# Convergence of the series $\sum a_n$ when $\sqrt[n]{a_n}\leq 1-\frac{1}{n^\alpha}$ for $0<\alpha<1$.

Examine the convergence of the series $$\sum a_n$$, where: $$\sqrt[n]{a_n}\leq 1-\frac{1}{n^\alpha}$$ for all $$n$$ ($$0<\alpha<1$$).

Attempt. Since $$\limsup \sqrt[n]{a_n}\leq \limsup\left(1-\frac{1}{n^\alpha}\right)=1$$ we can not use the root test. Comparison test also doesn't work, since $$\sum(1-n^{-\alpha})$$ diverges to $$+\infty$$.

• Hint: What happens when $a_n = 0$? And what when $a_n = (1-\frac{1}{n^{\alpha}})^n$? Does the inequality tell us anything about convergence of the series? – Jakobian Oct 28 '18 at 10:27
• Ιn the first case we have convergence and in the second i know that $(1-n^{-a})^n\to 0$. (i am not sure about the series) – Nikolaos Skout Oct 28 '18 at 10:41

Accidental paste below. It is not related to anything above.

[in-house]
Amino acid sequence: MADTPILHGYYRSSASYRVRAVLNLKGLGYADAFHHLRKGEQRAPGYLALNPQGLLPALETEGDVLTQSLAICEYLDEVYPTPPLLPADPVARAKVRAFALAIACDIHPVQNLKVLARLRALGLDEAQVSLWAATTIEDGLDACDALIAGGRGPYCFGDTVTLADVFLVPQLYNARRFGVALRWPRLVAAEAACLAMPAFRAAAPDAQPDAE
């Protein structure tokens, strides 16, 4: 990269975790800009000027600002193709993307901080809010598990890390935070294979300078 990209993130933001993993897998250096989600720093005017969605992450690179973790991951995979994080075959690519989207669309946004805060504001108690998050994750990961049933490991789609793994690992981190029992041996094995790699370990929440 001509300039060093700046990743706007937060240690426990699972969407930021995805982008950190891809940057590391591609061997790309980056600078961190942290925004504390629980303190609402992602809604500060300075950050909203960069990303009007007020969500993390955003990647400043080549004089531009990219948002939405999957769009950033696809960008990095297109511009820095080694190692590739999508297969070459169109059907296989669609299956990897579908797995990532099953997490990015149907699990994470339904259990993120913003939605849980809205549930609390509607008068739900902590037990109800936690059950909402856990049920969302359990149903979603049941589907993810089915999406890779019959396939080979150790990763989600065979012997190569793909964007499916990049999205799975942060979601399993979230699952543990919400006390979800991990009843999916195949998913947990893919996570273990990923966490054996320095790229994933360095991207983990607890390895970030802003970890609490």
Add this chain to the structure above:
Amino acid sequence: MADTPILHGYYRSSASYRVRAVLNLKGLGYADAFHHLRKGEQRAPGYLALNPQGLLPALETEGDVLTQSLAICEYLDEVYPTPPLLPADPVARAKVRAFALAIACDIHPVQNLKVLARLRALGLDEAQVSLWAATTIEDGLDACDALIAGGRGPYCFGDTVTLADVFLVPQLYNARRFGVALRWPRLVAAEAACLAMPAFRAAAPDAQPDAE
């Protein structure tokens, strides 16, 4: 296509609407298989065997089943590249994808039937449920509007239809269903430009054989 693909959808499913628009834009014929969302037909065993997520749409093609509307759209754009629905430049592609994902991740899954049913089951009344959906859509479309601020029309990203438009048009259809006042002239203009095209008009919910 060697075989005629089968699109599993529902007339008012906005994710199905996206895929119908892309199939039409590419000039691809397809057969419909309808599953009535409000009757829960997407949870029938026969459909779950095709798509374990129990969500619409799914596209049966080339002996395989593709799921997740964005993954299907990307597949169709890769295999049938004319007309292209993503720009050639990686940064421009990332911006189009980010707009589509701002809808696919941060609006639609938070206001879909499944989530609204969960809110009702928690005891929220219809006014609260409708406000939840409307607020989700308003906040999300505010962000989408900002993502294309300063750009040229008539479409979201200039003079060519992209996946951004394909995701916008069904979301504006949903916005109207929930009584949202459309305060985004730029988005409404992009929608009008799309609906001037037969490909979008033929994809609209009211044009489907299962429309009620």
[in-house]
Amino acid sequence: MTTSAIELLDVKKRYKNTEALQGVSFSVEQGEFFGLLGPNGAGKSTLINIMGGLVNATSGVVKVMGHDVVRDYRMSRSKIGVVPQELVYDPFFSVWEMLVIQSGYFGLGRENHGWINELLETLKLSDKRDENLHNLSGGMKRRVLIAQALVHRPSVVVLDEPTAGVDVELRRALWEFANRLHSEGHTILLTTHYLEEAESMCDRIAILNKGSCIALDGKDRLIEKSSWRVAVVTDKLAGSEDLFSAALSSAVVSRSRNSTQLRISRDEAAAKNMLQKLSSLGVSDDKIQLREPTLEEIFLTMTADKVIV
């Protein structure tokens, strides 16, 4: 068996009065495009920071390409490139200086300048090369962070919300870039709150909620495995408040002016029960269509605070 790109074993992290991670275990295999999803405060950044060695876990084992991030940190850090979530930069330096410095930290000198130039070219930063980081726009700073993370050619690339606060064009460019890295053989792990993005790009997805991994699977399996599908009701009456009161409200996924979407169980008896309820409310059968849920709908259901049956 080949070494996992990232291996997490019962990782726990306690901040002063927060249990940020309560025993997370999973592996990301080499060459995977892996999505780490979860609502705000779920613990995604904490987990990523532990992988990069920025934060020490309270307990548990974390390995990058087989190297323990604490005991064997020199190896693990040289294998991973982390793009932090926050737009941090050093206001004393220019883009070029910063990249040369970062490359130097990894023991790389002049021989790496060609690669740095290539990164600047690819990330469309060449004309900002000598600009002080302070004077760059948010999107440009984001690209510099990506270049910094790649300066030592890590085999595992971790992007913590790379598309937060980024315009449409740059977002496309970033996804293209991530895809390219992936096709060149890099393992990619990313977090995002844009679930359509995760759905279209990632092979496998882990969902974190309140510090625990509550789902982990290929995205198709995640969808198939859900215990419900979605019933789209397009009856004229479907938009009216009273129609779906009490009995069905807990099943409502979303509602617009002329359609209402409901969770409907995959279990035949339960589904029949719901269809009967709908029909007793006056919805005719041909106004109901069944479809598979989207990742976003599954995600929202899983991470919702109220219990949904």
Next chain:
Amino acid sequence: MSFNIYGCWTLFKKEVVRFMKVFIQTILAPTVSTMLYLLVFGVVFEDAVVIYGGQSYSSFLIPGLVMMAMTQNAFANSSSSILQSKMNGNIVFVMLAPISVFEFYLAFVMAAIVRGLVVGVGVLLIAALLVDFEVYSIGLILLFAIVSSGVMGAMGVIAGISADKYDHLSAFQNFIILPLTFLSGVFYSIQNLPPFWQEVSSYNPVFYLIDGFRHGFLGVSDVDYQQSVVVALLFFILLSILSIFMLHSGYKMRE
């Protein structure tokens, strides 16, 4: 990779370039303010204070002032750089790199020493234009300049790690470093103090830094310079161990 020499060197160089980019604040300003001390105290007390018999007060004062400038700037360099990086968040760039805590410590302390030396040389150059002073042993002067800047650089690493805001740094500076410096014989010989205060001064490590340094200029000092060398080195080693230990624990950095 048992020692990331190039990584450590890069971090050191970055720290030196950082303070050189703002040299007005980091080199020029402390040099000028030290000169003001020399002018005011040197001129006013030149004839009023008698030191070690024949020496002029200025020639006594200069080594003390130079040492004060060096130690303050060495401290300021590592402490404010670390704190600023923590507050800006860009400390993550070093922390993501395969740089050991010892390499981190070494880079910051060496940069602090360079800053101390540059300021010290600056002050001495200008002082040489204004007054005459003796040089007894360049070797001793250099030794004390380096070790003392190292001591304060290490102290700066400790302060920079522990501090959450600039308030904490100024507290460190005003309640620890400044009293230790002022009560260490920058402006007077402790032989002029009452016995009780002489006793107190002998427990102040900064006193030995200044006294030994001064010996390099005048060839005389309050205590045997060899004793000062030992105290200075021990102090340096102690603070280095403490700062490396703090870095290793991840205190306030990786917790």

Hint：$$\left(1-\frac{1}{n^{\alpha}}\right)^n=e^{n\log \left(1-\frac{1}{n^{\alpha}}\right)};$$ and $$\log \left(1-\frac{1}{n^{\alpha}}\right)<\frac{-1}{n^{\alpha}}.$$ So when $$n$$ large enough $$n\log \left(1-\frac{1}{n^{\alpha}}\right)<-n^{1-\alpha}.$$ Thus $$0<\left(1-\frac{1}{n^{\alpha}}\right)^n Combining the convergent of series $$\sum e^{-n^{1-\alpha}}$$ for $$0<\alpha<1$$, we know $$\sum \left(1-\frac{1}{n^{\alpha}}\right)^n$$ is convergent by Comparison test. Also Comparison test implies $$\sum a_n$$ is convergent.
• Very nice. One remark: why do you need $\ln(1+x)>\frac{x}{x+1}$, since $\ln (1+x)<x$ for $x>-1$ is enough? Also, at the last line you meant $e^{-2n^{1-a}}$ and $e^{-n^{1-a}}.$ – Nikolaos Skout Oct 28 '18 at 12:12